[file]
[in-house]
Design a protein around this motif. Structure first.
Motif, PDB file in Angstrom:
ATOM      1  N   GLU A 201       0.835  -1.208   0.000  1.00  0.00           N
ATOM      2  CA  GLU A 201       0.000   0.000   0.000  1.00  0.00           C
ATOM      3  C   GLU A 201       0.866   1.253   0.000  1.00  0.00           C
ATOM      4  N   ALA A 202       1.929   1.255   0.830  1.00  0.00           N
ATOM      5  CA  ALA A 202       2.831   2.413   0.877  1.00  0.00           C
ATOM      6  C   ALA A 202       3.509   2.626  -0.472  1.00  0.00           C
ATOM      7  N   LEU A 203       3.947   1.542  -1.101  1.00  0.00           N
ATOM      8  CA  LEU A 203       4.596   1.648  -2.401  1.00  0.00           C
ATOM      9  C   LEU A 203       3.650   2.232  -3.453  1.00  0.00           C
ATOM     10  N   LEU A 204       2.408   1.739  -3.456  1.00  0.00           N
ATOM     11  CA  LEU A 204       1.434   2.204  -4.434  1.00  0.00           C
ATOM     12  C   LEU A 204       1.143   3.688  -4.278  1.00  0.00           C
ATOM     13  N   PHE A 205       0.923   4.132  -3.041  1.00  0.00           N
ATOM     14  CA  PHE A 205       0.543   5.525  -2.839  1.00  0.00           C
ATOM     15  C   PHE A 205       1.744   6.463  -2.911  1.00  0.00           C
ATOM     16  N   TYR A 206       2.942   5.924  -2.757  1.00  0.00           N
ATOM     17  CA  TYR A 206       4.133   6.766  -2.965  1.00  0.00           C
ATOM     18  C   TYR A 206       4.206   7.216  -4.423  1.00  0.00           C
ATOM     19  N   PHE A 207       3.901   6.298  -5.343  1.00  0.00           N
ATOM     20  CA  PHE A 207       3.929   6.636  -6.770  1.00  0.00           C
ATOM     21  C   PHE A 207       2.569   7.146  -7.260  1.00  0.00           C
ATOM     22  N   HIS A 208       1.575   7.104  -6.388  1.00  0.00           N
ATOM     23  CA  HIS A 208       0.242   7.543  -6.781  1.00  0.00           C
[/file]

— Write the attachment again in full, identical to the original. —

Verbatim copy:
[in-house]
Design a protein around this motif. Structure first.
Motif, PDB file in Angstrom:
ATOM      1  N   GLU A 201       0.835  -1.208   0.000  1.00  0.00           N
ATOM      2  CA  GLU A 201       0.000   0.000   0.000  1.00  0.00           C
ATOM      3  C   GLU A 201       0.866   1.253   0.000  1.00  0.00           C
ATOM      4  N   ALA A 202       1.929   1.255   0.830  1.00  0.00           N
ATOM      5  CA  ALA A 202       2.831   2.413   0.877  1.00  0.00           C
ATOM      6  C   ALA A 202       3.509   2.626  -0.472  1.00  0.00           C
ATOM      7  N   LEU A 203       3.947   1.542  -1.101  1.00  0.00           N
ATOM      8  CA  LEU A 203       4.596   1.648  -2.401  1.00  0.00           C
ATOM      9  C   LEU A 203       3.650   2.232  -3.453  1.00  0.00           C
ATOM     10  N   LEU A 204       2.408   1.739  -3.456  1.00  0.00           N
ATOM     11  CA  LEU A 204       1.434   2.204  -4.434  1.00  0.00           C
ATOM     12  C   LEU A 204       1.143   3.688  -4.278  1.00  0.00           C
ATOM     13  N   PHE A 205       0.923   4.132  -3.041  1.00  0.00           N
ATOM     14  CA  PHE A 205       0.543   5.525  -2.839  1.00  0.00           C
ATOM     15  C   PHE A 205       1.744   6.463  -2.911  1.00  0.00           C
ATOM     16  N   TYR A 206       2.942   5.924  -2.757  1.00  0.00           N
ATOM     17  CA  TYR A 206       4.133   6.766  -2.965  1.00  0.00           C
ATOM     18  C   TYR A 206       4.206   7.216  -4.423  1.00  0.00           C
ATOM     19  N   PHE A 207       3.901   6.298  -5.343  1.00  0.00           N
ATOM     20  CA  PHE A 207       3.929   6.636  -6.770  1.00  0.00           C
ATOM     21  C   PHE A 207       2.569   7.146  -7.260  1.00  0.00           C
ATOM     22  N   HIS A 208       1.575   7.104  -6.388  1.00  0.00           N
ATOM     23  CA  HIS A 208       0.242   7.543  -6.781  1.00  0.00           C